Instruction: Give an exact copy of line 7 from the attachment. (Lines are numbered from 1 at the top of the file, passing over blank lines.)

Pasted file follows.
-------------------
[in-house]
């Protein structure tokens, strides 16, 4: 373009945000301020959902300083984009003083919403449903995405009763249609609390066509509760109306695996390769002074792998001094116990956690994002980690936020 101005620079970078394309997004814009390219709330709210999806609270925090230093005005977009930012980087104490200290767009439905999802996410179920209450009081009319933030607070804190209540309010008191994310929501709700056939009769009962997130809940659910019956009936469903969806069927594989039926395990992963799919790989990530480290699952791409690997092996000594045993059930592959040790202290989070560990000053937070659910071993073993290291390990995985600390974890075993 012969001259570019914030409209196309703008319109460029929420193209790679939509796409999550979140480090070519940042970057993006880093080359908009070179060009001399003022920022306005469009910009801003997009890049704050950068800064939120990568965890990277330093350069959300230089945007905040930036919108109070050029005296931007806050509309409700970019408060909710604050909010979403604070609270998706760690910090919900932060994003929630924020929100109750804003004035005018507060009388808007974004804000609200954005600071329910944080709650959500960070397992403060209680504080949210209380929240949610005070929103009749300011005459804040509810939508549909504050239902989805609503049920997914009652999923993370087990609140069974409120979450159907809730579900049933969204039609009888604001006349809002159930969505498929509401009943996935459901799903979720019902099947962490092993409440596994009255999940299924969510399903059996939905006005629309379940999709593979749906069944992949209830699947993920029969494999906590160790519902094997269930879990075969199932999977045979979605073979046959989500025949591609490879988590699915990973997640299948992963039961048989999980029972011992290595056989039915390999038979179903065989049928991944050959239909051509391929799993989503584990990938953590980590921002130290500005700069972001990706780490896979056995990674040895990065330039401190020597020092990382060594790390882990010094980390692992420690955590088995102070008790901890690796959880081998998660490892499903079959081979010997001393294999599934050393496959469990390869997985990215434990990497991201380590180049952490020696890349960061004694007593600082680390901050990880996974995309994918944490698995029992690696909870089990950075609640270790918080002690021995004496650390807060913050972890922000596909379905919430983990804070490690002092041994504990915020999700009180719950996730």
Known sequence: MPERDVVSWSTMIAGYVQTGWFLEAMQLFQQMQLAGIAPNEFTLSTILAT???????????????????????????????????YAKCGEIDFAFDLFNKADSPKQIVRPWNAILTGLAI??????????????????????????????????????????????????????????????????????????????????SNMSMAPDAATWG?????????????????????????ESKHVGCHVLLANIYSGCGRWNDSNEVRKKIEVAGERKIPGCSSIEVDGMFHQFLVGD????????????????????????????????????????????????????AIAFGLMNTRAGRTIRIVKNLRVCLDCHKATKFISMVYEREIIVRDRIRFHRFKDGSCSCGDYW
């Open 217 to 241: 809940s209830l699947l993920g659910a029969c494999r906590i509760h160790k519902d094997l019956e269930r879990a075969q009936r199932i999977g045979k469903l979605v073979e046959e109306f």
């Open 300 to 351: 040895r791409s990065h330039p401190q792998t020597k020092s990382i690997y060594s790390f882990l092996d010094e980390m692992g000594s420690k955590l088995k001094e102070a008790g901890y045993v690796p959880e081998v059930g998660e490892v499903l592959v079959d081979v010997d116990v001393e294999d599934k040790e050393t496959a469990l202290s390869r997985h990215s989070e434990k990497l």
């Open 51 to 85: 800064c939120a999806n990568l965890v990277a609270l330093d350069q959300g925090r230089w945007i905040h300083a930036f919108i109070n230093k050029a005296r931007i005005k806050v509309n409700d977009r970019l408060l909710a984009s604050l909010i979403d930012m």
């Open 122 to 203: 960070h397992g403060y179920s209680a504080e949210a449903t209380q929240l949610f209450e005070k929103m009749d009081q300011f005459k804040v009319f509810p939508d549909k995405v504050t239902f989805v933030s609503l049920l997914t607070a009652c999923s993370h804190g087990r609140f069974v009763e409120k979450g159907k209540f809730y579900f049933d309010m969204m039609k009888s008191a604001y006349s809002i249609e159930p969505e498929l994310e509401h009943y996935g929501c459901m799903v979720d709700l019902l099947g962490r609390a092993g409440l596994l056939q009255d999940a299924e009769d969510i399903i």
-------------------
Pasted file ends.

């Open 122 to 203: 960070h397992g403060y179920s209680a504080e949210a449903t209380q929240l949610f209450e005070k929103m009749d009081q300011f005459k804040v009319f509810p939508d549909k995405v504050t239902f989805v933030s609503l049920l997914t607070a009652c999923s993370h804190g087990r609140f069974v009763e409120k979450g159907k209540f809730y579900f049933d309010m969204m039609k009888s008191a604001y006349s809002i249609e159930p969505e498929l994310e509401h009943y996935g929501c459901m799903v979720d709700l019902l099947g962490r609390a092993g409440l596994l056939q009255d999940a299924e009769d969510i399903i």